Bloomberg News

Egypt Bonds Tumble as Tantawi Pledge Seen as a ‘Step Backward’

November 24, 2011

Nov. 23 (Bloomberg) -- Egypt’s benchmark dollar bonds slumped, sending the yield to the highest level since January, after concessions made by the country’s military rulers were rejected by protesters demanding a civilian government.

The yield on the government’s 5.75 percent bonds due 2020 climbed 11 basis points, or 0.11 percentage point, to 6.98 percent at 3:01 p.m. in Cairo. The yield soared 73 basis points in the previous two days. The cost of protecting the nation’s debt against default for five years rose nine basis points to 554 today, the highest level since March 2009.

The head of Egypt’s ruling military council, Field Marshal Mohammed Hussein Tantawi, said in a televised speech yesterday he had accepted the resignation of the Cabinet and that presidential elections would be held by the end of June. Tens of thousands of demonstrators in Tahrir Square chanted “go, go,” after the address, echoing the reaction to concessions made by former President Hosni Mubarak before he was ousted in February.

“Clearly this is a step backward in terms of achieving political stability,” said Antoon De Klerk, a London-based economist who helps manage $5 billion in emerging-market debt at Investec Asset Management. The government is unlikely to be able to obtain help from the International Monetary Fund given the political crisis, he said.

Seven-Year Low

Egypt had been “on the verge” of formally asking the IMF for the $3 billion loan it rejected earlier this year as domestic borrowing costs soar, outgoing Finance Minister Hazem El Beblawi said by telephone today. The new government will decide whether to ask the IMF for a loan, he said.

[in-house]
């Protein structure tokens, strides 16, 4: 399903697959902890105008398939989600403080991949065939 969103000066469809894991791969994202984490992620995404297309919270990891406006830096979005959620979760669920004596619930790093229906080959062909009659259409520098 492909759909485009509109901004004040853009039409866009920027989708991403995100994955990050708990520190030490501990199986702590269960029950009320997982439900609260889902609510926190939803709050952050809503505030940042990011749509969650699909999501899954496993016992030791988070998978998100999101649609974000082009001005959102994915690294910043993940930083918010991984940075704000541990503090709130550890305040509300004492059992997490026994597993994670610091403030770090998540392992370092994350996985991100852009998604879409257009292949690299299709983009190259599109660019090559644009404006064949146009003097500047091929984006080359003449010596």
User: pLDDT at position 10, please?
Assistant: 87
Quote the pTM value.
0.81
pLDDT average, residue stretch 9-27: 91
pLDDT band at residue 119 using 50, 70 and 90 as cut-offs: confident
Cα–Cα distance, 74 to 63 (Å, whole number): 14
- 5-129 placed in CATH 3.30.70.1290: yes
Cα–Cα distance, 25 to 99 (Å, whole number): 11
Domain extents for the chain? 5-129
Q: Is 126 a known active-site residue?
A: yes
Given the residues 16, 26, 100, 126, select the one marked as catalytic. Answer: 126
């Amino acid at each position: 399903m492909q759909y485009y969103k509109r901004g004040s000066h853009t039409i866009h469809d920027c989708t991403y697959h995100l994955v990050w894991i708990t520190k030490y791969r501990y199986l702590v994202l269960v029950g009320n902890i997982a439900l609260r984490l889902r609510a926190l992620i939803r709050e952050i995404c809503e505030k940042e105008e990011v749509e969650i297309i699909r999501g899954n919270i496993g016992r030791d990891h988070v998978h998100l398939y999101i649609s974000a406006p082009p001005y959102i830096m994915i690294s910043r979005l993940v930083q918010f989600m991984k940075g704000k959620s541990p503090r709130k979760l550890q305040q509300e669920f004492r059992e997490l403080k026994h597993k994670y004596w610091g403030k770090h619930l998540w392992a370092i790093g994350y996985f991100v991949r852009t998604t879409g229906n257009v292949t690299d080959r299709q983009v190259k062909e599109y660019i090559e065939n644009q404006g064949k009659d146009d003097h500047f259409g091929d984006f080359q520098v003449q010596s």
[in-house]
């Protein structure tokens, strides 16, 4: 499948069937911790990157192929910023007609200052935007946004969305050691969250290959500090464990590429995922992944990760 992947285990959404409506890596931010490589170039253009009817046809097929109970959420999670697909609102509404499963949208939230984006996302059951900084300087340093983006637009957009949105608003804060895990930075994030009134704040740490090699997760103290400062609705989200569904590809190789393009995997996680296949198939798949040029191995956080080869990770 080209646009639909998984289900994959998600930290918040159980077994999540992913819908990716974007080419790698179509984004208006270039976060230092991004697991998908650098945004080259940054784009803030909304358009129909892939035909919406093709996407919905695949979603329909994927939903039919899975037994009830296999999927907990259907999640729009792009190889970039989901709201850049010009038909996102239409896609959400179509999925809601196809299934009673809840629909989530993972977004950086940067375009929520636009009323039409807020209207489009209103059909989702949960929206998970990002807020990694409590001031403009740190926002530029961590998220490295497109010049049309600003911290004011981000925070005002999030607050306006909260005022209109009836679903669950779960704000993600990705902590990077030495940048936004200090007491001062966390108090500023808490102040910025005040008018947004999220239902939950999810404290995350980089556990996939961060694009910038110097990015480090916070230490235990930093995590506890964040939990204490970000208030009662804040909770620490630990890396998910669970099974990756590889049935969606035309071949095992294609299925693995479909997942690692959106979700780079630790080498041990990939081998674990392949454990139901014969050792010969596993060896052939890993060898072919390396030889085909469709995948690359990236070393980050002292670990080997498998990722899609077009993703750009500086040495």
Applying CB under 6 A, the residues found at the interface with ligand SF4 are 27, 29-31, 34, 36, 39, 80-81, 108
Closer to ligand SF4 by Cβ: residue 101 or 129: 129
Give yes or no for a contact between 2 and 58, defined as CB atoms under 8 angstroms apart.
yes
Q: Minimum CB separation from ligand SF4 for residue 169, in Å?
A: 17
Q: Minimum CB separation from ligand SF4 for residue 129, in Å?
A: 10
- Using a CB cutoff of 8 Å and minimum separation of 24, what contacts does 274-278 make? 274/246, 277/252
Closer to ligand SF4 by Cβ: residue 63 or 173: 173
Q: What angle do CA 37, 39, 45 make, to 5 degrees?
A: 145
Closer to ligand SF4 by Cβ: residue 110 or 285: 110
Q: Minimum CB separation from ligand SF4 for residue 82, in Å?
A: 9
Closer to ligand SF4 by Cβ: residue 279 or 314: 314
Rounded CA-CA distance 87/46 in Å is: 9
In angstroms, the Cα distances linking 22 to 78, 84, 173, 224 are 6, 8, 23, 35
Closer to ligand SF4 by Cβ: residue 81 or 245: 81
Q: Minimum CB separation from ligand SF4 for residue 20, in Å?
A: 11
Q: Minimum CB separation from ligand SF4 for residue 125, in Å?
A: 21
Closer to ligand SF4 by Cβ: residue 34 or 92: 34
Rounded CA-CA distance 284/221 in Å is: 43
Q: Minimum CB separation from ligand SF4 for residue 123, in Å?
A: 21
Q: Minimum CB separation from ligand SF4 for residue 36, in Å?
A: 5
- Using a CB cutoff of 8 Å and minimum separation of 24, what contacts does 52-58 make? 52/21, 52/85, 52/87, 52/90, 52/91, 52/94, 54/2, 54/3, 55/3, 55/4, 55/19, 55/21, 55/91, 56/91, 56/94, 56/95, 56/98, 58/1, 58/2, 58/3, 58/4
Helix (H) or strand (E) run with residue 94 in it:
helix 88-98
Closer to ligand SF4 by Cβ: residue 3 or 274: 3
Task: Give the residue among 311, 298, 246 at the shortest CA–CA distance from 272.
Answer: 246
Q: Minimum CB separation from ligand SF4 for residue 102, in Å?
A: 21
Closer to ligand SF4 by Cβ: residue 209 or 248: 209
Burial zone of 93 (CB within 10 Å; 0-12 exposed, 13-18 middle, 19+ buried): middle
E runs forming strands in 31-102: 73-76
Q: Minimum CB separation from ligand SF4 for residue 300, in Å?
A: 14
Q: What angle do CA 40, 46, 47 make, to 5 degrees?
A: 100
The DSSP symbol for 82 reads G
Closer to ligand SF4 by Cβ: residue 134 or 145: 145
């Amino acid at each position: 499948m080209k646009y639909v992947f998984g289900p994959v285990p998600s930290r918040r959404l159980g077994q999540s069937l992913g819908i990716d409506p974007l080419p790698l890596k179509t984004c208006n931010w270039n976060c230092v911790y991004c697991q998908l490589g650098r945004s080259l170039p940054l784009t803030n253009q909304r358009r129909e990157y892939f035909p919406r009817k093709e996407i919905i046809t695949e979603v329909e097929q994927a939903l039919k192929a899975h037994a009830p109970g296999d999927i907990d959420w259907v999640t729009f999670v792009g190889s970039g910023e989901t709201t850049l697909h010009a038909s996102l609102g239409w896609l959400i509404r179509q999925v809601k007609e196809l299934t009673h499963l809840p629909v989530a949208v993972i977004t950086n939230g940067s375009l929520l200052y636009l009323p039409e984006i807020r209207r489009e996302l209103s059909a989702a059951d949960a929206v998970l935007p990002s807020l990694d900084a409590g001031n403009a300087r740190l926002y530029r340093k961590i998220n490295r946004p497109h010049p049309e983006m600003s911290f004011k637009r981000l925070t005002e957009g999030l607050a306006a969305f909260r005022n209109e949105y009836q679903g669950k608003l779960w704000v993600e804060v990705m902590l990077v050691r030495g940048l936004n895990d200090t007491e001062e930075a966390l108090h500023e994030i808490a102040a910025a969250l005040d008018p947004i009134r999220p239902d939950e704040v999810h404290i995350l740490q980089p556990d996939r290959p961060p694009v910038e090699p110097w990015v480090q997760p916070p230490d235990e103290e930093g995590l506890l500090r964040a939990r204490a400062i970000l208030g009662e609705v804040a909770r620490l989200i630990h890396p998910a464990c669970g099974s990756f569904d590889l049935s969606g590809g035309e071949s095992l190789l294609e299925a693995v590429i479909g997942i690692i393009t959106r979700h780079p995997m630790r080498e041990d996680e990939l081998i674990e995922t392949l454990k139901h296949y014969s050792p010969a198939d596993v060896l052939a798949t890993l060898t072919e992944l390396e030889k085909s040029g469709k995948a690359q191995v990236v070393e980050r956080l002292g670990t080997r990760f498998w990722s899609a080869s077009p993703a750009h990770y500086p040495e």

The central bank, which holds weekly debt auctions on behalf of the Finance Ministry, will offer a combined 5.5 billion pounds ($917 million) in six-month and one-year treasury bills tomorrow. The yield on the one-year securities climbed a percentage point to 14.725 in the past month, the highest level since September 2008.

The economy grew 1.8 percent in the fiscal year that ended on June 30, its weakest performance in at least a decade.

Twelve-month non-deliverable pound forwards, or contracts that provide guidance to expectations over a set period, weakened 2.5 percent to 7.2 per dollar, the lowest level since February. The pound fell less than 0.1 percent to 5.9980 a dollar, the lowest in almost seven years.

Stocks Rebound

The benchmark EGX 30 Index rose for the first time in 11 trading days, gaining 1.1 percent to 3,717.48 at the close. The measure’s 9.9 percent drop this week brought the slump for the year to 48 percent, making it the world’s third-worst performer after Cyprus and Greece this year.

“We’ve seen 10 red sessions so buyers today are seeing some good opportunities despite the uncertainty about the elections,” said Teymour El-Derini, head of Middle East sales at Cairo-based Naeem Brokerage. “We expect further declines in the near term until there’s more visibility because nothing has changed on the ground.”

Clashes in Cairo, Alexandria, Suez and other cities have left at least 30 people dead in the past week, marking some of the most pronounced violence since Egypt’s uprising early this year against Mubarak. The new confrontations threaten to disrupt parliamentary elections due to start next week. Tantawi said the vote would be held on time.

“We don’t accept these decisions,” Ahmed Abd Allah, the public awareness and training officer for the activist group April 6 Youth Movement, said in an interview outside the group’s tent in Cairo’s Tahrir square after Tantawi’s speech. “We refuse to negotiate with the council. They must leave the political scene immediately in order to avoid further escalation.”

--With assistance from Mariam Fam in Cairo, Jason Webb in London and Tal Barak Harif in New York. Editors: Claudia Maedler, Shaji Mathew

To contact the reporter on this story: Ahmed A Namatalla in Cairo at anamatalla@bloomberg.net

To contact the editor responsible for this story: Claudia Maedler at cmaedler@bloomberg.net


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